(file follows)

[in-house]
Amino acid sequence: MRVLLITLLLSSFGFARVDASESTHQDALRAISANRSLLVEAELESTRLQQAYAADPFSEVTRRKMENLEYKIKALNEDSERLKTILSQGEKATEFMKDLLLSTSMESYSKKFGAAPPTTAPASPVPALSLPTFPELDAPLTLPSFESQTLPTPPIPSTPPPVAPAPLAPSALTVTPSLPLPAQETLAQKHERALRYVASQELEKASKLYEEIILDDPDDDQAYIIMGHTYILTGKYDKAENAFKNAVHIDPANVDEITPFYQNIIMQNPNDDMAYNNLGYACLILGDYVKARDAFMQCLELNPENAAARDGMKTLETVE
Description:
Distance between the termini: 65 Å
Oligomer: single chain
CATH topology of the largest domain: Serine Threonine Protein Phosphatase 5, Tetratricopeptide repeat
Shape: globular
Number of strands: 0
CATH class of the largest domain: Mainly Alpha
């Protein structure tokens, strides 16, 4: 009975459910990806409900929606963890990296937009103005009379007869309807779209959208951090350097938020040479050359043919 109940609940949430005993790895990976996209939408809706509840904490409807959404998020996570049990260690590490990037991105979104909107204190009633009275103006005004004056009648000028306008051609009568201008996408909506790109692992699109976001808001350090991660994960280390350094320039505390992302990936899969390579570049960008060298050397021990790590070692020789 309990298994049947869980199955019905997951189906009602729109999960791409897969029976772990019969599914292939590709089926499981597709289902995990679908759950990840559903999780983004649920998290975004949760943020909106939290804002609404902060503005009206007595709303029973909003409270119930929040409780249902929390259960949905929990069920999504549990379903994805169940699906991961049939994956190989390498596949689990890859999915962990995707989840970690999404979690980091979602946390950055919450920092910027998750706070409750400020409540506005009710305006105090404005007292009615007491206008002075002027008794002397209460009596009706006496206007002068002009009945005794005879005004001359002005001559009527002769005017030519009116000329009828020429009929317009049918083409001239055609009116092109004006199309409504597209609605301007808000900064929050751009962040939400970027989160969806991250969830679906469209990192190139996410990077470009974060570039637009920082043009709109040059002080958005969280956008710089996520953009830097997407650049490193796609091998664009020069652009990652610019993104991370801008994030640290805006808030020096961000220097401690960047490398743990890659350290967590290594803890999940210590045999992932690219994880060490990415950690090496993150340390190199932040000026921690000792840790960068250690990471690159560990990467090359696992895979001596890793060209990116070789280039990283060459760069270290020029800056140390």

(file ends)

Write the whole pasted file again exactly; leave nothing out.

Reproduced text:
[in-house]
Amino acid sequence: MRVLLITLLLSSFGFARVDASESTHQDALRAISANRSLLVEAELESTRLQQAYAADPFSEVTRRKMENLEYKIKALNEDSERLKTILSQGEKATEFMKDLLLSTSMESYSKKFGAAPPTTAPASPVPALSLPTFPELDAPLTLPSFESQTLPTPPIPSTPPPVAPAPLAPSALTVTPSLPLPAQETLAQKHERALRYVASQELEKASKLYEEIILDDPDDDQAYIIMGHTYILTGKYDKAENAFKNAVHIDPANVDEITPFYQNIIMQNPNDDMAYNNLGYACLILGDYVKARDAFMQCLELNPENAAARDGMKTLETVE
Description:
Distance between the termini: 65 Å
Oligomer: single chain
CATH topology of the largest domain: Serine Threonine Protein Phosphatase 5, Tetratricopeptide repeat
Shape: globular
Number of strands: 0
CATH class of the largest domain: Mainly Alpha
């Protein structure tokens, strides 16, 4: 009975459910990806409900929606963890990296937009103005009379007869309807779209959208951090350097938020040479050359043919 109940609940949430005993790895990976996209939408809706509840904490409807959404998020996570049990260690590490990037991105979104909107204190009633009275103006005004004056009648000028306008051609009568201008996408909506790109692992699109976001808001350090991660994960280390350094320039505390992302990936899969390579570049960008060298050397021990790590070692020789 309990298994049947869980199955019905997951189906009602729109999960791409897969029976772990019969599914292939590709089926499981597709289902995990679908759950990840559903999780983004649920998290975004949760943020909106939290804002609404902060503005009206007595709303029973909003409270119930929040409780249902929390259960949905929990069920999504549990379903994805169940699906991961049939994956190989390498596949689990890859999915962990995707989840970690999404979690980091979602946390950055919450920092910027998750706070409750400020409540506005009710305006105090404005007292009615007491206008002075002027008794002397209460009596009706006496206007002068002009009945005794005879005004001359002005001559009527002769005017030519009116000329009828020429009929317009049918083409001239055609009116092109004006199309409504597209609605301007808000900064929050751009962040939400970027989160969806991250969830679906469209990192190139996410990077470009974060570039637009920082043009709109040059002080958005969280956008710089996520953009830097997407650049490193796609091998664009020069652009990652610019993104991370801008994030640290805006808030020096961000220097401690960047490398743990890659350290967590290594803890999940210590045999992932690219994880060490990415950690090496993150340390190199932040000026921690000792840790960068250690990471690159560990990467090359696992895979001596890793060209990116070789280039990283060459760069270290020029800056140390």